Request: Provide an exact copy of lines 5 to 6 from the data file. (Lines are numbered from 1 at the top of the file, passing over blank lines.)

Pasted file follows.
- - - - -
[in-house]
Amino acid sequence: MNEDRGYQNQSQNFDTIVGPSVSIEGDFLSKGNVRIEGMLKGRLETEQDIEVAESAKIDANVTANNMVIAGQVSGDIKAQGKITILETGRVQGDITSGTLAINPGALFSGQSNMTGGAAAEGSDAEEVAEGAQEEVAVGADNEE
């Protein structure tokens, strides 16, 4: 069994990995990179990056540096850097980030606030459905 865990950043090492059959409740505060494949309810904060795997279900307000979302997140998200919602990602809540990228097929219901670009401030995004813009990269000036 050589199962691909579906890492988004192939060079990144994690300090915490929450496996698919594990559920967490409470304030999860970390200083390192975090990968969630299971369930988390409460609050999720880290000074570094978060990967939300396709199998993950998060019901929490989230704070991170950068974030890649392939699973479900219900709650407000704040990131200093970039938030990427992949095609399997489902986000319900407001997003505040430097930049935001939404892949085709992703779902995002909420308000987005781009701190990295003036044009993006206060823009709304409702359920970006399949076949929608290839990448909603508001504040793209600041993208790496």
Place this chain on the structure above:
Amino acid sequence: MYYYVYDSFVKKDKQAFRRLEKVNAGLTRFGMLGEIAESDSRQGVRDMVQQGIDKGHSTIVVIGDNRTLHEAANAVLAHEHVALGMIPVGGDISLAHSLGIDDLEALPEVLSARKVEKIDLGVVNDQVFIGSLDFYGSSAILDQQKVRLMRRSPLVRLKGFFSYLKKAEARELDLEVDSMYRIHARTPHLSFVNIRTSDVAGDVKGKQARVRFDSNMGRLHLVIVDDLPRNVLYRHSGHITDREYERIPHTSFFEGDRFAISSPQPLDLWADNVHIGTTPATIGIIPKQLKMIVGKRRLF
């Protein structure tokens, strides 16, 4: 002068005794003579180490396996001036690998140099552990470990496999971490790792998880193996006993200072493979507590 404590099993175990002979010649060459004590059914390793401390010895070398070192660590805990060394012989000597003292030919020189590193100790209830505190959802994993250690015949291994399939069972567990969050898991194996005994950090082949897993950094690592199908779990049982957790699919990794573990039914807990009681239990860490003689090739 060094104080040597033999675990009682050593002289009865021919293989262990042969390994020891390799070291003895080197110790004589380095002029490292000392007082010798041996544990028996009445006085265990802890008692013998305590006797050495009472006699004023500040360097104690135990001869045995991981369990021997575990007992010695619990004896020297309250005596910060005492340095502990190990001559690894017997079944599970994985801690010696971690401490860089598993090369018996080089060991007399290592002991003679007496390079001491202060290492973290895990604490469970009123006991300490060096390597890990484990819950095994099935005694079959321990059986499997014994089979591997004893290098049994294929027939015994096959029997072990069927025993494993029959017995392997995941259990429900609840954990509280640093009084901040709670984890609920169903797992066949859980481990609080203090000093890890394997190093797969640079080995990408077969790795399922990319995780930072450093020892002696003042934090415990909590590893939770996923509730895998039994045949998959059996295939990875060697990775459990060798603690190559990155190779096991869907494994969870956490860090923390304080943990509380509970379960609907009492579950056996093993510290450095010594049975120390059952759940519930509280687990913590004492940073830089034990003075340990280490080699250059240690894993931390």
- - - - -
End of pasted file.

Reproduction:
Amino acid sequence: MYYYVYDSFVKKDKQAFRRLEKVNAGLTRFGMLGEIAESDSRQGVRDMVQQGIDKGHSTIVVIGDNRTLHEAANAVLAHEHVALGMIPVGGDISLAHSLGIDDLEALPEVLSARKVEKIDLGVVNDQVFIGSLDFYGSSAILDQQKVRLMRRSPLVRLKGFFSYLKKAEARELDLEVDSMYRIHARTPHLSFVNIRTSDVAGDVKGKQARVRFDSNMGRLHLVIVDDLPRNVLYRHSGHITDREYERIPHTSFFEGDRFAISSPQPLDLWADNVHIGTTPATIGIIPKQLKMIVGKRRLF
């Protein structure tokens, strides 16, 4: 002068005794003579180490396996001036690998140099552990470990496999971490790792998880193996006993200072493979507590 404590099993175990002979010649060459004590059914390793401390010895070398070192660590805990060394012989000597003292030919020189590193100790209830505190959802994993250690015949291994399939069972567990969050898991194996005994950090082949897993950094690592199908779990049982957790699919990794573990039914807990009681239990860490003689090739 060094104080040597033999675990009682050593002289009865021919293989262990042969390994020891390799070291003895080197110790004589380095002029490292000392007082010798041996544990028996009445006085265990802890008692013998305590006797050495009472006699004023500040360097104690135990001869045995991981369990021997575990007992010695619990004896020297309250005596910060005492340095502990190990001559690894017997079944599970994985801690010696971690401490860089598993090369018996080089060991007399290592002991003679007496390079001491202060290492973290895990604490469970009123006991300490060096390597890990484990819950095994099935005694079959321990059986499997014994089979591997004893290098049994294929027939015994096959029997072990069927025993494993029959017995392997995941259990429900609840954990509280640093009084901040709670984890609920169903797992066949859980481990609080203090000093890890394997190093797969640079080995990408077969790795399922990319995780930072450093020892002696003042934090415990909590590893939770996923509730895998039994045949998959059996295939990875060697990775459990060798603690190559990155190779096991869907494994969870956490860090923390304080943990509380509970379960609907009492579950056996093993510290450095010594049975120390059952759940519930509280687990913590004492940073830089034990003075340990280490080699250059240690894993931390």